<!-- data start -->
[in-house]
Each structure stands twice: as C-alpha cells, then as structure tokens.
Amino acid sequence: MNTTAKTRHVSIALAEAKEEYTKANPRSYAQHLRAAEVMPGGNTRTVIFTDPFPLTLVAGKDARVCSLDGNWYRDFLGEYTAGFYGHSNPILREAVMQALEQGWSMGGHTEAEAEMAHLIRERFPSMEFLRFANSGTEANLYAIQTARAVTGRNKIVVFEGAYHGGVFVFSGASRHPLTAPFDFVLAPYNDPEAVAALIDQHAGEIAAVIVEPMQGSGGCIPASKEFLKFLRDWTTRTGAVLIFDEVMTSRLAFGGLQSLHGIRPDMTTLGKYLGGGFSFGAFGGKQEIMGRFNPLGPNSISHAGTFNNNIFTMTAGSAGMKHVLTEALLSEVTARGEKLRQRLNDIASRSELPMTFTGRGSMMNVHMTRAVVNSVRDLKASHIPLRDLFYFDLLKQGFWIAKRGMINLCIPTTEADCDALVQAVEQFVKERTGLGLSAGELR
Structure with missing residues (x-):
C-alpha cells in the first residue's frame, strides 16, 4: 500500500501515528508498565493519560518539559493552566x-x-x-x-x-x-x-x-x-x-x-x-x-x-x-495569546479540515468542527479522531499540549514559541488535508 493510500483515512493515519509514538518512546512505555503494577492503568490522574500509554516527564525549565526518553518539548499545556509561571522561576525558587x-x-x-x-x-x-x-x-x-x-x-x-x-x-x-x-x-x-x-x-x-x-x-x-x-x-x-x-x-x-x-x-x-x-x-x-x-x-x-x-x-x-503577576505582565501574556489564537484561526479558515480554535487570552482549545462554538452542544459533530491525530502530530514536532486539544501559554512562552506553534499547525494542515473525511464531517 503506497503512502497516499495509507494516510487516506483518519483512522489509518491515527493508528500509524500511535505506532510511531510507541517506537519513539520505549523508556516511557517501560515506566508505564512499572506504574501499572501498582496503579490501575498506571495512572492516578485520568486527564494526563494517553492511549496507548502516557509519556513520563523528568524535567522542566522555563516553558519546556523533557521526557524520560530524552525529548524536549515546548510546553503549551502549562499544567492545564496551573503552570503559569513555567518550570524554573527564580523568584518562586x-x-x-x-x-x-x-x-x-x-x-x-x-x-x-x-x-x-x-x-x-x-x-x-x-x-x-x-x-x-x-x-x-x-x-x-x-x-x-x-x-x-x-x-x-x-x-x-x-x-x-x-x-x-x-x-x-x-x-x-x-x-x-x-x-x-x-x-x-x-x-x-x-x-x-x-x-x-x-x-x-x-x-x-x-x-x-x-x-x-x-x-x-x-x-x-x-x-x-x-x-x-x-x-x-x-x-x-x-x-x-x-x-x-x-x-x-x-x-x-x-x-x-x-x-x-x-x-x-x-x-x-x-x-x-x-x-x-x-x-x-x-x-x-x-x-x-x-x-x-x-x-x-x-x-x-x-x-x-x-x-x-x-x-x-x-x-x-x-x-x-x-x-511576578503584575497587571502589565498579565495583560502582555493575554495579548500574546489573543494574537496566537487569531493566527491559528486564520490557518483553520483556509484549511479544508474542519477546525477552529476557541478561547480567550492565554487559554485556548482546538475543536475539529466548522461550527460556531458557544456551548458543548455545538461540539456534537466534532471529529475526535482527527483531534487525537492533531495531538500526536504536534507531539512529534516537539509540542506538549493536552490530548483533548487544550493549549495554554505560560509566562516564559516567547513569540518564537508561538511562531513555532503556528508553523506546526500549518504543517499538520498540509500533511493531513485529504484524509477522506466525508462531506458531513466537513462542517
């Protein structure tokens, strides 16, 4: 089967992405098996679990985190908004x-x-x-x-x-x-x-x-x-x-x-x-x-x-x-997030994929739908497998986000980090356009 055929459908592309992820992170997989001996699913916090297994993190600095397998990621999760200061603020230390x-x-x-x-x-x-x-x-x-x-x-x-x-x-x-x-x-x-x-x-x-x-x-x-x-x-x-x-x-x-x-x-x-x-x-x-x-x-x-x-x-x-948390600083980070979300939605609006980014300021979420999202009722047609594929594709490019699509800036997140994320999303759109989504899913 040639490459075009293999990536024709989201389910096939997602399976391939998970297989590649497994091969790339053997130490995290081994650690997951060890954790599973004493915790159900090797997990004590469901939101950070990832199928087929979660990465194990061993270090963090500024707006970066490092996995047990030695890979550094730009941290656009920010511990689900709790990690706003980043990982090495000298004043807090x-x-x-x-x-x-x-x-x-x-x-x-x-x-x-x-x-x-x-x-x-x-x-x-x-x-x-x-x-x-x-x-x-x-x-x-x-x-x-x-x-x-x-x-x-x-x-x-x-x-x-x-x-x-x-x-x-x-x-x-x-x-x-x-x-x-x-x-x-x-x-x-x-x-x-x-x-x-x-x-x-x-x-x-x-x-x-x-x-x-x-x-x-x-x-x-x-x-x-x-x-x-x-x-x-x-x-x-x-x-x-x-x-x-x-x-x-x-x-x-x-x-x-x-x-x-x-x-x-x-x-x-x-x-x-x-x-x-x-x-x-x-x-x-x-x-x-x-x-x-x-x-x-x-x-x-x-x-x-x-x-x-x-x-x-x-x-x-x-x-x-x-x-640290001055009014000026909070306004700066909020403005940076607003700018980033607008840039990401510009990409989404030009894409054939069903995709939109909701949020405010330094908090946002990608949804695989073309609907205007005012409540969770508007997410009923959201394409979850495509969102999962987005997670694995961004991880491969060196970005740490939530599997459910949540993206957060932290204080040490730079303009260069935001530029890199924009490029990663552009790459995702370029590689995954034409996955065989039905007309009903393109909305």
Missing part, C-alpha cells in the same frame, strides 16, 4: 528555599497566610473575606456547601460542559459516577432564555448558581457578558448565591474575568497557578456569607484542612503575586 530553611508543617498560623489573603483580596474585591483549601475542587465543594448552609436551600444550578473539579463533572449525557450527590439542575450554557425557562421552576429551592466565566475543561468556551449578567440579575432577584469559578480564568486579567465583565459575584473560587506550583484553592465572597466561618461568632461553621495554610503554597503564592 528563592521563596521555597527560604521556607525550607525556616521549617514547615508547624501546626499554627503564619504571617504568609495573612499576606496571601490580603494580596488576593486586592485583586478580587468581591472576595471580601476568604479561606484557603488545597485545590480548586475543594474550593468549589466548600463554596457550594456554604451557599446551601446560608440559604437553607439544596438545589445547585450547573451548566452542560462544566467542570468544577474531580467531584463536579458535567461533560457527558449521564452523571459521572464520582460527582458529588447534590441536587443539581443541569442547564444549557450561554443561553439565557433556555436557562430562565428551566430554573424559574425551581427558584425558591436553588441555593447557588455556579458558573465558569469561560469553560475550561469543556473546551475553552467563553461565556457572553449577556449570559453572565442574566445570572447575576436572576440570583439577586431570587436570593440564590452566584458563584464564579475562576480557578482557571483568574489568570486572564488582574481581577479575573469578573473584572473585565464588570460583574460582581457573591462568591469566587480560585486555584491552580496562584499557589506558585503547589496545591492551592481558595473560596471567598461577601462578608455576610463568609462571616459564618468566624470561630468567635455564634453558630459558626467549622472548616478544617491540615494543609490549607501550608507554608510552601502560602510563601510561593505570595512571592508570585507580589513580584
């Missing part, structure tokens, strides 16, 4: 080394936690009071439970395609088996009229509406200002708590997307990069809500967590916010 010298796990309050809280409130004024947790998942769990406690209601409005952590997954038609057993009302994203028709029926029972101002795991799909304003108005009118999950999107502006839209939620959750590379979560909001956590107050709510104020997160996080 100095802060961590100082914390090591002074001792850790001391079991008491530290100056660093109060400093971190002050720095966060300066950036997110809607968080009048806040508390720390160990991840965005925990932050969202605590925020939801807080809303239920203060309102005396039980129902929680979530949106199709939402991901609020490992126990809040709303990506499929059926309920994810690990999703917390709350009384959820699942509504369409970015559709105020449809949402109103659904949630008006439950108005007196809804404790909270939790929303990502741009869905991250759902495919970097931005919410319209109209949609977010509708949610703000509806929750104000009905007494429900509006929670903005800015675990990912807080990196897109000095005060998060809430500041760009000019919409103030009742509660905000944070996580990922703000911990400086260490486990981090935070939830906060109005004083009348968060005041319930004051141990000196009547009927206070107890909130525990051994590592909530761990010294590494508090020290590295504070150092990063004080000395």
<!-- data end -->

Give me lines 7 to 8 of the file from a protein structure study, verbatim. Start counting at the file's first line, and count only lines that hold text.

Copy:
Missing part, C-alpha cells in the same frame, strides 16, 4: 528555599497566610473575606456547601460542559459516577432564555448558581457578558448565591474575568497557578456569607484542612503575586 530553611508543617498560623489573603483580596474585591483549601475542587465543594448552609436551600444550578473539579463533572449525557450527590439542575450554557425557562421552576429551592466565566475543561468556551449578567440579575432577584469559578480564568486579567465583565459575584473560587506550583484553592465572597466561618461568632461553621495554610503554597503564592 528563592521563596521555597527560604521556607525550607525556616521549617514547615508547624501546626499554627503564619504571617504568609495573612499576606496571601490580603494580596488576593486586592485583586478580587468581591472576595471580601476568604479561606484557603488545597485545590480548586475543594474550593468549589466548600463554596457550594456554604451557599446551601446560608440559604437553607439544596438545589445547585450547573451548566452542560462544566467542570468544577474531580467531584463536579458535567461533560457527558449521564452523571459521572464520582460527582458529588447534590441536587443539581443541569442547564444549557450561554443561553439565557433556555436557562430562565428551566430554573424559574425551581427558584425558591436553588441555593447557588455556579458558573465558569469561560469553560475550561469543556473546551475553552467563553461565556457572553449577556449570559453572565442574566445570572447575576436572576440570583439577586431570587436570593440564590452566584458563584464564579475562576480557578482557571483568574489568570486572564488582574481581577479575573469578573473584572473585565464588570460583574460582581457573591462568591469566587480560585486555584491552580496562584499557589506558585503547589496545591492551592481558595473560596471567598461577601462578608455576610463568609462571616459564618468566624470561630468567635455564634453558630459558626467549622472548616478544617491540615494543609490549607501550608507554608510552601502560602510563601510561593505570595512571592508570585507580589513580584
């Missing part, structure tokens, strides 16, 4: 080394936690009071439970395609088996009229509406200002708590997307990069809500967590916010 010298796990309050809280409130004024947790998942769990406690209601409005952590997954038609057993009302994203028709029926029972101002795991799909304003108005009118999950999107502006839209939620959750590379979560909001956590107050709510104020997160996080 100095802060961590100082914390090591002074001792850790001391079991008491530290100056660093109060400093971190002050720095966060300066950036997110809607968080009048806040508390720390160990991840965005925990932050969202605590925020939801807080809303239920203060309102005396039980129902929680979530949106199709939402991901609020490992126990809040709303990506499929059926309920994810690990999703917390709350009384959820699942509504369409970015559709105020449809949402109103659904949630008006439950108005007196809804404790909270939790929303990502741009869905991250759902495919970097931005919410319209109209949609977010509708949610703000509806929750104000009905007494429900509006929670903005800015675990990912807080990196897109000095005060998060809430500041760009000019919409103030009742509660905000944070996580990922703000911990400086260490486990981090935070939830906060109005004083009348968060005041319930004051141990000196009547009927206070107890909130525990051994590592909530761990010294590494508090020290590295504070150092990063004080000395």